On this day…

2004: It's Getting Warm In London
2004: It’s Getting Warm In London
2003: Dannii Minogue 'invents new dance'
2003: Dannii Minogue ‘invents new dance’
2002: Ministry of Truth

Buffalo Soldiers

Buffalo Soldiers was an attempt at a satirical take on the state of the US Army. Of course it was all made before the terrorist attacks of September 2001 and the war in Iraq of 2003 and has spent some time on the shelf until it was decided to release it.

Ray Elwood (Joaquin Phoenix) is the clerk for a supply unit of the US Army and is running every black-market racket he can until a new seargent picks up the scent of the corruption and starts to root it out.

I found it a little disappointing as the story seemed narrow and predictable. Phoenix is good and brooding but not convincingly the type to go up against gang-land Germany in the days before the Berlin-wall fell. Ed Harris as Col. Berman, Scott Glenn as Sgt. Robert E. Lee are notable performances and Anna Paquin as the love-interest was well-played.

You do seem to side with Elwood (who is certainly not the good guy here) over the honesty of the others – which maybe as the writers intended – but you can’t help feeling that you wish this movie had more depth. Comparisons to M*A*S*H may be spot-on.

On this day…

2007: Read The Manual
2005: My Idea Changed
2004: Administrative Apologies
2003: Another Russian Birthday
2003: Not Another Teen Movie
2002: How do you say Happy Birthday in Russian?
2002: Marry Me

Another Russian Birthday

Another year has passed and it’s my Dad’s birthday again. Last year he was somewhere in Russia – actually he’s in Astana which I know isn’t Russia – and I was asking if anybody knew Happy Birthday in Russian.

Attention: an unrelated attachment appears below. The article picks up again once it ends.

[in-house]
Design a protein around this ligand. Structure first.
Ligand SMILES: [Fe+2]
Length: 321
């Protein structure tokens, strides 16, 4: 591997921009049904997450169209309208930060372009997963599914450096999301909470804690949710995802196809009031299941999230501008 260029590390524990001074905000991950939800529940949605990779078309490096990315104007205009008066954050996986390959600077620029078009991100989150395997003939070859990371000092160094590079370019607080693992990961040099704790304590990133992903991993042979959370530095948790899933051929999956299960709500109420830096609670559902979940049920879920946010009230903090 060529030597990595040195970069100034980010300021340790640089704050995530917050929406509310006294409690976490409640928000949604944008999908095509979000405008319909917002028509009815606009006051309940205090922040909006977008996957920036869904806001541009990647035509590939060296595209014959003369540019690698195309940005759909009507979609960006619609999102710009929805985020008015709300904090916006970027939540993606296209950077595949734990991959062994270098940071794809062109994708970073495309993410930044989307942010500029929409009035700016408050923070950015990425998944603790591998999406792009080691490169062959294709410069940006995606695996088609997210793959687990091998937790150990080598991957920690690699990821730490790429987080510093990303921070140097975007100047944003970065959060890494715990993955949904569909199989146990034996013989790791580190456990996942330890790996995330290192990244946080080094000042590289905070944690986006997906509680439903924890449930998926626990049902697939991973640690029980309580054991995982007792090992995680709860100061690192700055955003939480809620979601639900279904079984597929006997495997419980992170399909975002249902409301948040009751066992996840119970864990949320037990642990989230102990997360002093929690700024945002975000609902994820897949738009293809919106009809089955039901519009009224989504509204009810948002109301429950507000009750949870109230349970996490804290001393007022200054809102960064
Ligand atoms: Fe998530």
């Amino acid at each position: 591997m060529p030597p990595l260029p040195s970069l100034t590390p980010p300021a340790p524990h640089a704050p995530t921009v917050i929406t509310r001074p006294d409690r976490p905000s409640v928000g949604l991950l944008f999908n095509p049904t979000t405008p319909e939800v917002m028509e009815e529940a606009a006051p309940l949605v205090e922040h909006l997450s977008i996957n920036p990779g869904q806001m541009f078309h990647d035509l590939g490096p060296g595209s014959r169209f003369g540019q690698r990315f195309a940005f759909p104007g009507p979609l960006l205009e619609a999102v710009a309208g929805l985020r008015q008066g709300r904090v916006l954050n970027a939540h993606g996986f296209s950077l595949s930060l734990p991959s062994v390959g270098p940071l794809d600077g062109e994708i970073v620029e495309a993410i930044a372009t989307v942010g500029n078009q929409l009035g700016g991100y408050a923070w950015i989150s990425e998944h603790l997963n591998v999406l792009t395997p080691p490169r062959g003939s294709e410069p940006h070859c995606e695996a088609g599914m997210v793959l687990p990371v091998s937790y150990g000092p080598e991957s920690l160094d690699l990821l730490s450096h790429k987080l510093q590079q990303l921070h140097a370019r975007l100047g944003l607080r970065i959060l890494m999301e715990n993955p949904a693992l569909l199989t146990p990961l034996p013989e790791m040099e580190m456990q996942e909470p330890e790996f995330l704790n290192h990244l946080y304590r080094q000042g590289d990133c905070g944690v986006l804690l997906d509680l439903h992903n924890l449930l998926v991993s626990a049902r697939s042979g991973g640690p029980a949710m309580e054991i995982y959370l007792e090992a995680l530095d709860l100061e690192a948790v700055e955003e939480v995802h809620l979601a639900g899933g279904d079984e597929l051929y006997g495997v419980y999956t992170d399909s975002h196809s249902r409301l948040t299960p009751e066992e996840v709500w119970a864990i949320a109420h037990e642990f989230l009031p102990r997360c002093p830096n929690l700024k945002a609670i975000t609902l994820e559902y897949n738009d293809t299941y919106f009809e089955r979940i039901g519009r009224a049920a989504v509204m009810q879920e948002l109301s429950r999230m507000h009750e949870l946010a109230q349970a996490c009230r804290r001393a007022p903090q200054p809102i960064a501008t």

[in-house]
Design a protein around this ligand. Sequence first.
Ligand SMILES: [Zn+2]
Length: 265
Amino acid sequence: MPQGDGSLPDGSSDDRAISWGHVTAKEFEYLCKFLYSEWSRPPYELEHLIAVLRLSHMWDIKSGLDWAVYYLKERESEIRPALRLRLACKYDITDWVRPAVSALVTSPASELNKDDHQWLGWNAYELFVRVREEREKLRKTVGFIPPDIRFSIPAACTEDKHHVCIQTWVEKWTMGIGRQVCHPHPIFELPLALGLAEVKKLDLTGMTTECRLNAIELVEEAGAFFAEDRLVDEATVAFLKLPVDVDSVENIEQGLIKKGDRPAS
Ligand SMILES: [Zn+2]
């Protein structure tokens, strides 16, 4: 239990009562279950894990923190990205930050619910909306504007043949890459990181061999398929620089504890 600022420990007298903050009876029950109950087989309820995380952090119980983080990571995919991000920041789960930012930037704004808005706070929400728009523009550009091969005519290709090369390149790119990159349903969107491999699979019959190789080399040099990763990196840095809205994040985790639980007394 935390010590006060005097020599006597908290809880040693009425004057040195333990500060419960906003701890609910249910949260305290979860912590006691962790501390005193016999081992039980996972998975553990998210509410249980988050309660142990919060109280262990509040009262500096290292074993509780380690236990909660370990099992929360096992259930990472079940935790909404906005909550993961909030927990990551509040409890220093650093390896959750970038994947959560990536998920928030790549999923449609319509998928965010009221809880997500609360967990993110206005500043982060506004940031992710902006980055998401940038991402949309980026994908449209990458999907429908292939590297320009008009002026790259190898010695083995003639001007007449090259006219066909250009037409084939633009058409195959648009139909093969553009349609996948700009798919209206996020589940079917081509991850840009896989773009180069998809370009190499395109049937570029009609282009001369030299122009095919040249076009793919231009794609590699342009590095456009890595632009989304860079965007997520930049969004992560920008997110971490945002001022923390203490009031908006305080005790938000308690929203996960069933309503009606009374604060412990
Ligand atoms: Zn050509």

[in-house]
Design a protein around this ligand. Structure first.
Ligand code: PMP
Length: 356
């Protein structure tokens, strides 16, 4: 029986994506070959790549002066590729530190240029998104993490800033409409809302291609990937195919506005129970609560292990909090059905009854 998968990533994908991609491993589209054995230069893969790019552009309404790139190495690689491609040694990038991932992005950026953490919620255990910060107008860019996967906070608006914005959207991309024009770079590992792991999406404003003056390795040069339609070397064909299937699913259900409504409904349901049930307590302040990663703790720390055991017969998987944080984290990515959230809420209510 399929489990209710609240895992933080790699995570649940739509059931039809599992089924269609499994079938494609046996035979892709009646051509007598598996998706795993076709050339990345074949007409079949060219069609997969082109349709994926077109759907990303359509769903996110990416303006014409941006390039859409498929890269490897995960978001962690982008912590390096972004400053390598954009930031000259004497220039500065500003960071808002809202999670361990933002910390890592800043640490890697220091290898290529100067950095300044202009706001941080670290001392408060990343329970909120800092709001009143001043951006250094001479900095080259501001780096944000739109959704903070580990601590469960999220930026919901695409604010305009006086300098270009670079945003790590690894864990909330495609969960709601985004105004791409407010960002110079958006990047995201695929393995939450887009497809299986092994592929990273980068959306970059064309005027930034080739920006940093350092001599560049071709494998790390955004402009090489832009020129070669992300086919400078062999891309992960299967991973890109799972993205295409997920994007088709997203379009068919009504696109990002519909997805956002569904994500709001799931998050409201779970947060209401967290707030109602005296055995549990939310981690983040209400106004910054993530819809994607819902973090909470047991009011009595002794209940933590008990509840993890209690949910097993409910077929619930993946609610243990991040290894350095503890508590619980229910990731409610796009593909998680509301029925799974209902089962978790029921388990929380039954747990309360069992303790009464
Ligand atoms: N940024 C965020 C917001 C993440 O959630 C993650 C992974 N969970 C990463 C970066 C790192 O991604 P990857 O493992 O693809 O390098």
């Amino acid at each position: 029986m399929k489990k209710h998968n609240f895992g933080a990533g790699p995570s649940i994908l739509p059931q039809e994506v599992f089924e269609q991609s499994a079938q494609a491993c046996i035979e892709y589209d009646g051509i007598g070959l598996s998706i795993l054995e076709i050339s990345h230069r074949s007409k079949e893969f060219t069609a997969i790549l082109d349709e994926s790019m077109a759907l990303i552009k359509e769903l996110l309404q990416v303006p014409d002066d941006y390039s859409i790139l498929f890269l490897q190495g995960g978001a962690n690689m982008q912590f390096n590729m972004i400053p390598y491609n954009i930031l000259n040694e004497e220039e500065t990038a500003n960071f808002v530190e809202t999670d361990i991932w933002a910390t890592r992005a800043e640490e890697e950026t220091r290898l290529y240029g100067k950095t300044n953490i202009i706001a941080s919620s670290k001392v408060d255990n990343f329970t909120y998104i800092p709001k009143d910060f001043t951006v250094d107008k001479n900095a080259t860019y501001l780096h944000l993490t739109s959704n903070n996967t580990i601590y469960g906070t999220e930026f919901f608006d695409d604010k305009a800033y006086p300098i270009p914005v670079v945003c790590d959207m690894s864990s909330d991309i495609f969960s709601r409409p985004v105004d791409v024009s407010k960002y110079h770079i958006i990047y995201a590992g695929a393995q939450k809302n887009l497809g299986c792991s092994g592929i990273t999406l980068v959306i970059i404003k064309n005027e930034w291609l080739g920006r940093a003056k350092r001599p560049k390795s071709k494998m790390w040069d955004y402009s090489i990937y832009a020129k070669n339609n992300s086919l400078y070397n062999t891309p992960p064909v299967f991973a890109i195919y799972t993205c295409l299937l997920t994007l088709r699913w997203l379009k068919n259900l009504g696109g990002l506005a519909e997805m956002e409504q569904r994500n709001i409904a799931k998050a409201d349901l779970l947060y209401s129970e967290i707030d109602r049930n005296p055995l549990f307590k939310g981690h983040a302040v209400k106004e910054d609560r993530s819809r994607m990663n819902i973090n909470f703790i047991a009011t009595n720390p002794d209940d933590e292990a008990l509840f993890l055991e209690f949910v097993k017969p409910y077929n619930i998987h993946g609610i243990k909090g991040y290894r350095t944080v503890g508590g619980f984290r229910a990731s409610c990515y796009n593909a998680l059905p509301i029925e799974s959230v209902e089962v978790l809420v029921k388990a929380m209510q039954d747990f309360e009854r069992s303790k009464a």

Well, this, apparently, is it (although clearly it could say anything):

Apparently this text says Happy Birthday in Russian

So, for next year I just need the sound file. How do you actually say that?

On this day…

2007: Read The Manual
2005: My Idea Changed
2004: Administrative Apologies
2003: Buffalo Soldiers
2003: Not Another Teen Movie
2002: How do you say Happy Birthday in Russian?
2002: Marry Me

Not Another Teen Movie

This is Chris Evans from Not Another Teen MovieWhen we returned from Pride in the Park 2003, wet and exhausted but having had a thoroughly fantastic day, PY and I set about eating and watching a movie on Sky Box Office (more Pride in the Park at The Independent and at
BBC News
).

We chose Not Another Teen Movie, simply because we thought it wouldn’t actually tax us and therefore we could just enjoy it. Well, it’s not a great movie, there’s plenty of toilet humour and it’s not that well acted. But it certainly taxed us. We spent the whole 90 minutes or so trying to guess all the references to other teen movies (and I spent just about as much time lusting after the lead actor, who has the unfortunate name of Chris Evans – if you’re British you’ll understand why it’s unfortunate). Even
Molly Ringwald
got a look in!

Verdict: As a night in it’s much more fun to play guess the movie than try to follow this film. A fun film for sure!

On this day…

2007: Read The Manual
2005: My Idea Changed
2004: Administrative Apologies
2003: Buffalo Soldiers
2003: Another Russian Birthday
2002: How do you say Happy Birthday in Russian?
2002: Marry Me

Pride

Well despite the weather and the somewhat officious woman searching by bag on entry, this year’s Pride in the Park in Hyde Park was fabulous – the best I have been to (probably ever – although my first Pride on Clapham Common was pretty cool too).